In my last blog I touched on the impact of China’s environmental problems on its economy and infrastructure. A recent (as yet unofficial) report to published by the Chinese government suggests that air pollution caused by, amongst other things, industrial production and vehicle exhaust fumes is seriously curtailing the sustainability and durability of China’s buildings, especially in the major cities. One of the worst affected areas is the northern province of Shanxi which includes the city of Datong, known colloquially as “Coal City”. I went to Datong as a student back in 1991. I recall coal dust coming up to my ankles as I walked along the main high street and buildings blackened by coal dust! According to the report, the “lifespan” (i.e. period of time before renovation is required) of buildings constructed in the last 5 years in Shanxi Province is now 5 years shorter than originally anticipated. This will have a seriously detrimental impact on economic development in one of China’s key industrial hubs.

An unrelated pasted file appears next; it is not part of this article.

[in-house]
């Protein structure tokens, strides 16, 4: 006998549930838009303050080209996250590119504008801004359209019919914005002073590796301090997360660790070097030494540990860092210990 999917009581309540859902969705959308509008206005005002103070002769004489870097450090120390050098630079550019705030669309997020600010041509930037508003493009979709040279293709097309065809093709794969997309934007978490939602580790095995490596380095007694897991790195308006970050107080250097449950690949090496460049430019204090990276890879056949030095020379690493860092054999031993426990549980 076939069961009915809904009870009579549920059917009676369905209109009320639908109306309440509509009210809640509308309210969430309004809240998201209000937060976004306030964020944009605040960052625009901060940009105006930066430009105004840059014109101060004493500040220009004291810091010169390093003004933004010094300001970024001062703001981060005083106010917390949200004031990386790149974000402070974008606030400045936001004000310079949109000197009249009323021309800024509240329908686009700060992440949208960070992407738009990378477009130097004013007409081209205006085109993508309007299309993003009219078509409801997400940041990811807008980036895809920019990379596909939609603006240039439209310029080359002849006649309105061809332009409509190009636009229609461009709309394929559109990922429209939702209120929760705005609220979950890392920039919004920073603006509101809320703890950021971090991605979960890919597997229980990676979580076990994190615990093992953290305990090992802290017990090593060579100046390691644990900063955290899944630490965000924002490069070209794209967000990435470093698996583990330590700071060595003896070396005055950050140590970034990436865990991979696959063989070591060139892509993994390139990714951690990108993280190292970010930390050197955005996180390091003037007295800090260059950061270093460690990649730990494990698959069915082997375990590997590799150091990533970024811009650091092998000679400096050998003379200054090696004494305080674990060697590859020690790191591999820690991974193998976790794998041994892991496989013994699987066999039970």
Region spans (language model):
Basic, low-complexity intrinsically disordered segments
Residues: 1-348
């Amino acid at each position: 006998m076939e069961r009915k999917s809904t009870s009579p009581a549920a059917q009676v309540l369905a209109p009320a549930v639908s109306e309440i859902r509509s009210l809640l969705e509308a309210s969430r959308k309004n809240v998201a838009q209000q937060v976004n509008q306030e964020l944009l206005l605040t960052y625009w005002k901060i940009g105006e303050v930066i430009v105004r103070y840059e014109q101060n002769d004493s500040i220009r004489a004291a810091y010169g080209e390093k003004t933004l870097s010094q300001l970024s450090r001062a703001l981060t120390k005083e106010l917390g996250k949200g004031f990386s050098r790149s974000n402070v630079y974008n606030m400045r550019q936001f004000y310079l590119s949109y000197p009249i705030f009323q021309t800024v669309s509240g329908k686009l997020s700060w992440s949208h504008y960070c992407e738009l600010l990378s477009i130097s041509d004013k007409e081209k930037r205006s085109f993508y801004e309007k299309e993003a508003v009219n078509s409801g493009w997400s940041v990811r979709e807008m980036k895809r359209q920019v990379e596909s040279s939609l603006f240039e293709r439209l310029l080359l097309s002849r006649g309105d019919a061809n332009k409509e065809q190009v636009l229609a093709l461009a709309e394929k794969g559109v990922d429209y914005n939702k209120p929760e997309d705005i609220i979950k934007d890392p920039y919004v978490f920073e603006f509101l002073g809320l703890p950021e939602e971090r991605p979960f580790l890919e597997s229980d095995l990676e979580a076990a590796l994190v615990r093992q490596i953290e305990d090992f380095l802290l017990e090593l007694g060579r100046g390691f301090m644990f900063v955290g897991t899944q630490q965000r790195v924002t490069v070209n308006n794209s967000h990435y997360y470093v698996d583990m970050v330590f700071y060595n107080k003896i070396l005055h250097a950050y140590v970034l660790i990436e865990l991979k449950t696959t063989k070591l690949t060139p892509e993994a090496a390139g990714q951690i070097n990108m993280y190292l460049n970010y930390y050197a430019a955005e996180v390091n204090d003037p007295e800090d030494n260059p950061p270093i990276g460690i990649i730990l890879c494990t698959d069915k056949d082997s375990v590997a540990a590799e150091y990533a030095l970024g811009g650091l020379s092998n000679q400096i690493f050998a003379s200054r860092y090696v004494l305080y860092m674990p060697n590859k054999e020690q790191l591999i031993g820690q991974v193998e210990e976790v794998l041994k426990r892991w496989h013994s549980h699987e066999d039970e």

A few years ago Shanxi Province was also the subject of an experiment pioneered by the Chinese government to measure its economy with reference to “Green GDP”. This is the size of the economy after it has been “deflated”, taking into account the amount of economic activity that had been achieved by degrading the environment. So “deflated” constitutes: (i) what is extracted from the environment in terms of natural resources used in economic development (e.g. water, minerals) and (ii) what is “put in” to the economy in terms of pollutants. Not surprisingly, Shanxi’s “Green GDP” was much lower than its “non-Green GDP” – less than 1% as opposed to 11.7%. Also, not surprisingly the Chinese government quickly abandoned this experiment following resistance from local government.